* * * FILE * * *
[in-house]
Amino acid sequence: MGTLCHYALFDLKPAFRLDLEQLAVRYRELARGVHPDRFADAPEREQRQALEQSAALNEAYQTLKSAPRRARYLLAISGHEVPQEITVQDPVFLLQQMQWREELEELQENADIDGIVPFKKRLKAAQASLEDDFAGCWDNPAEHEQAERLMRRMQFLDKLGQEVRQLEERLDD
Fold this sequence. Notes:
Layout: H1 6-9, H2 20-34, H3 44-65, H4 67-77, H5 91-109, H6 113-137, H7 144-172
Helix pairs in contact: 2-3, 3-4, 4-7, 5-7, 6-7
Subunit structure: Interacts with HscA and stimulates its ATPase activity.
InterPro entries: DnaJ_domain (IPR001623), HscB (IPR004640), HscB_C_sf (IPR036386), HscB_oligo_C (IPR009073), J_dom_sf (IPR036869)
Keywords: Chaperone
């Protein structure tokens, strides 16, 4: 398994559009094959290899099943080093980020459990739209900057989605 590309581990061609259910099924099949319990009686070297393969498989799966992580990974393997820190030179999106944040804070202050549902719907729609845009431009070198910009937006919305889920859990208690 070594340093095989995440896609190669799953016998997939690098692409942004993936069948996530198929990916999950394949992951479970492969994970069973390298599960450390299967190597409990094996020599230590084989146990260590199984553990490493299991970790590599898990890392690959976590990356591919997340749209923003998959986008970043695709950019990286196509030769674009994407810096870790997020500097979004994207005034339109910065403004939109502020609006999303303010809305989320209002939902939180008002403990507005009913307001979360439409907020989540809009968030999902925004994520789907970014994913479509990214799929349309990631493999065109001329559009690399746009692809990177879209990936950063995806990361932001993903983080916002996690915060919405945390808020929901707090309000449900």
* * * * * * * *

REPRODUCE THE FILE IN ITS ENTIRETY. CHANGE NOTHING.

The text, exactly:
[in-house]
Amino acid sequence: MGTLCHYALFDLKPAFRLDLEQLAVRYRELARGVHPDRFADAPEREQRQALEQSAALNEAYQTLKSAPRRARYLLAISGHEVPQEITVQDPVFLLQQMQWREELEELQENADIDGIVPFKKRLKAAQASLEDDFAGCWDNPAEHEQAERLMRRMQFLDKLGQEVRQLEERLDD
Fold this sequence. Notes:
Layout: H1 6-9, H2 20-34, H3 44-65, H4 67-77, H5 91-109, H6 113-137, H7 144-172
Helix pairs in contact: 2-3, 3-4, 4-7, 5-7, 6-7
Subunit structure: Interacts with HscA and stimulates its ATPase activity.
InterPro entries: DnaJ_domain (IPR001623), HscB (IPR004640), HscB_C_sf (IPR036386), HscB_oligo_C (IPR009073), J_dom_sf (IPR036869)
Keywords: Chaperone
């Protein structure tokens, strides 16, 4: 398994559009094959290899099943080093980020459990739209900057989605 590309581990061609259910099924099949319990009686070297393969498989799966992580990974393997820190030179999106944040804070202050549902719907729609845009431009070198910009937006919305889920859990208690 070594340093095989995440896609190669799953016998997939690098692409942004993936069948996530198929990916999950394949992951479970492969994970069973390298599960450390299967190597409990094996020599230590084989146990260590199984553990490493299991970790590599898990890392690959976590990356591919997340749209923003998959986008970043695709950019990286196509030769674009994407810096870790997020500097979004994207005034339109910065403004939109502020609006999303303010809305989320209002939902939180008002403990507005009913307001979360439409907020989540809009968030999902925004994520789907970014994913479509990214799929349309990631493999065109001329559009690399746009692809990177879209990936950063995806990361932001993903983080916002996690915060919405945390808020929901707090309000449900």